KEVIN HARVISON | Staff photo

McAlester Tourism Director Billy Sumner, foreground, speaks to city councilors about an offer from the Ardeneum of Oklahoma to transfer ownership of the OKLA Theatre to the city of McAlester, with Ardeneum President Dr. Bert Thomas standing by.

City councilors have a number of questions regarding an offer for the city to accept ownership of the OKLA Theatre in downtown McAlester.

Although it was not set as an action item requiring a vote during the Tuesday night council meeting agenda, the offer from the Ardeneum of Oklahoma Charitable and Educational Foundation, Inc. to transfer ownership of the OKLA to the city still generated plenty of discussion.

City of McAlester Tourism Director Billy Sumner encouraged the council to accept the offer.

“It’s a positive opportunity for our citizens and downtown McAlester,” he said.

Conditions set by the Ardeneum Board of Directors to transfer ownership of the OKLA to the city includes requirements that the city renovate the OKLA within five years of the agreement’s passage, preserve its historical significance and use it for the good of the community.

It will take an estimated $1 million to $1.5 million to complete the renovations, Sumner said.

The OKLA Theatre opened on July 10, 1931, at the site of the Palace Theatre, which had been destroyed by a fire on Dec. 30, 1930.

Sumner noted that the OKLA Theatre closed as a place to see movies on Sept. 4, 1989. Later, members of the Kiamichi Actors Studio, or KAST, used it for plays and other events.

In 2013, the Oklahoma Department of Environmental Quality awarded a grant for the removal of asbestos from the OKLA, with the asbestos abatement completed in 2015.

With the ongoing work, seats were removed from the OKLA. “They pretty much gutted it,” Sumner said.

With the then-approaching 150th anniversary of J.J. McAlester establishing a trading post in what is now known as McAlester, talks began late last year between members of the Ardeneum Board and the city’s Tourism Department.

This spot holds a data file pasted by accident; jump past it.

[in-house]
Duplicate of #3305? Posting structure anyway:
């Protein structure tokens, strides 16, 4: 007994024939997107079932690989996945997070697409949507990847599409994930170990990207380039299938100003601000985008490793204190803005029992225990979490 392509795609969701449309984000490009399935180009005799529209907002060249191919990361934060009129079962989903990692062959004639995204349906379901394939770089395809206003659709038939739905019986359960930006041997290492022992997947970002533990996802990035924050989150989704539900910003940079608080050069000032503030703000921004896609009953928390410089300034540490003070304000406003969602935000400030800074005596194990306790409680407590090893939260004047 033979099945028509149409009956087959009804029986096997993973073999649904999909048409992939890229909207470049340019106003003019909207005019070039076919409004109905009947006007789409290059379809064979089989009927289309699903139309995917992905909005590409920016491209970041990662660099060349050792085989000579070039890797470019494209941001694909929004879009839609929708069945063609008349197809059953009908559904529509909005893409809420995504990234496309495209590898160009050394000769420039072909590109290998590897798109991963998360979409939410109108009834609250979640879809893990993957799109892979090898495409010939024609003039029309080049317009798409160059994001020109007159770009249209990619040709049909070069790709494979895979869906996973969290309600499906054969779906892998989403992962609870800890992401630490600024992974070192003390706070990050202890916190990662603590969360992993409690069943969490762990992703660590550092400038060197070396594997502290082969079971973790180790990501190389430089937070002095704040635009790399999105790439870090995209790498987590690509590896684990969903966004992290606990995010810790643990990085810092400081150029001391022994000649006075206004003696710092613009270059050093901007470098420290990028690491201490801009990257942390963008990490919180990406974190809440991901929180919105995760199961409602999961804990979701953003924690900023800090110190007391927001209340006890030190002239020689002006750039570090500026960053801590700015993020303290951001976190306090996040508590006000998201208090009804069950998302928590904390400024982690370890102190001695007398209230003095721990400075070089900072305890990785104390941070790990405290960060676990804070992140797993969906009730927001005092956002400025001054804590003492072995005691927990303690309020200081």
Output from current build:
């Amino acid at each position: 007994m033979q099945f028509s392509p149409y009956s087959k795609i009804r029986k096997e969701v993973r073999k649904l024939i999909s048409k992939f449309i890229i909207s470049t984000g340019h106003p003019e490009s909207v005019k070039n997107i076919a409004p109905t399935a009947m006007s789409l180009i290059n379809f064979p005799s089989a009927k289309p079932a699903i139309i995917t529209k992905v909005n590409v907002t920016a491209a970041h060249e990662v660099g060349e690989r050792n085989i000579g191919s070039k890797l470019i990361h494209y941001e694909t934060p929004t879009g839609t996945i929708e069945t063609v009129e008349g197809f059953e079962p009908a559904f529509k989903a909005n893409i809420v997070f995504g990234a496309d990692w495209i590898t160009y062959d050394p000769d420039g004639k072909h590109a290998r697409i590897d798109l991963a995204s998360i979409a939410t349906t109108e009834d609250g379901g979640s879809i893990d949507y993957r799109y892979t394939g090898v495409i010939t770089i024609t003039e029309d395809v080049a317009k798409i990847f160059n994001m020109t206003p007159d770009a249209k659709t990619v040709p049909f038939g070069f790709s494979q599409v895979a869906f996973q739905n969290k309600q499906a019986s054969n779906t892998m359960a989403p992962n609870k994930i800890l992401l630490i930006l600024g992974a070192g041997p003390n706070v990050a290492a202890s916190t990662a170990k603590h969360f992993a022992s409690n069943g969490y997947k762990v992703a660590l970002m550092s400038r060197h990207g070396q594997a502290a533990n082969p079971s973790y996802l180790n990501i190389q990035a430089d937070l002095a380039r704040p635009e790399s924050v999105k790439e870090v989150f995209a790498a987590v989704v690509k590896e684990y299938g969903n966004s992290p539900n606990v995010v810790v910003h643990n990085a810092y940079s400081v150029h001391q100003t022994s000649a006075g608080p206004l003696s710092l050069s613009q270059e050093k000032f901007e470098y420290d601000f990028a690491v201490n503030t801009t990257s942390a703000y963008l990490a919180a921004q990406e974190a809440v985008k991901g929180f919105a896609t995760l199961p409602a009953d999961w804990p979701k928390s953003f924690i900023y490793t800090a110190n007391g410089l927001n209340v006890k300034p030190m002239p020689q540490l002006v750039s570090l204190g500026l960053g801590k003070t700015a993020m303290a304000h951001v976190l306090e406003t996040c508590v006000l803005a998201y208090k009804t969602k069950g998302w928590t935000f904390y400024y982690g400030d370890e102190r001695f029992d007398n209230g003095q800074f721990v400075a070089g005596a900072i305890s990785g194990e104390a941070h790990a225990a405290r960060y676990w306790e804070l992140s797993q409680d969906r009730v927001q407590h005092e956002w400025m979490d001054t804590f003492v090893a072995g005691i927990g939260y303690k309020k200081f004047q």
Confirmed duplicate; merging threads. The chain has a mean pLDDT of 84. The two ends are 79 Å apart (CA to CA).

“It was decided by the Ardeneum they would like to hand it over for a mere dollar,” said Sumner.

“It’s an historical icon to the city of McAlester,” Sumner said of the OKLA.

He also showed pictures on a projection screen that showed the OKLA figuring predominantly in the foreground of a poster-like picture used by the Tourism Department and in a statewide ad about McAlester used in a commercial for BancFirst.

Sumner cited a list of possible uses by the Oklahoma, ranging from town hall events and conferences, to plays, concerts and hopefully the showing of movies, similar to what the city does with its Movies in the Parks campaign. The OKLA would be available as a backup in case of a rainout at the park, and there’s the possibility of showing movies year-round, Sumner said.

“It would not compete with the Expo,” Sumner said. The Expo Center would continue to be used for larger events, he said. The OKLA would offer a mid-sized venue in downtown McAlester.

Sumner said the Ardeneum is using its funds on the OKLA and he noted two Americans with Disabilities Act-compliant restrooms are being added to the first floor. Previously, the public restrooms were up a staircase on the mezzanine.

“They also gained access to a novelty shop,” Sumner said. It can be utilized to sell souvenirs and other items, he said. A reconstructed ticket booth has also been added.

“Changes are happening, clearly,” Sumner said.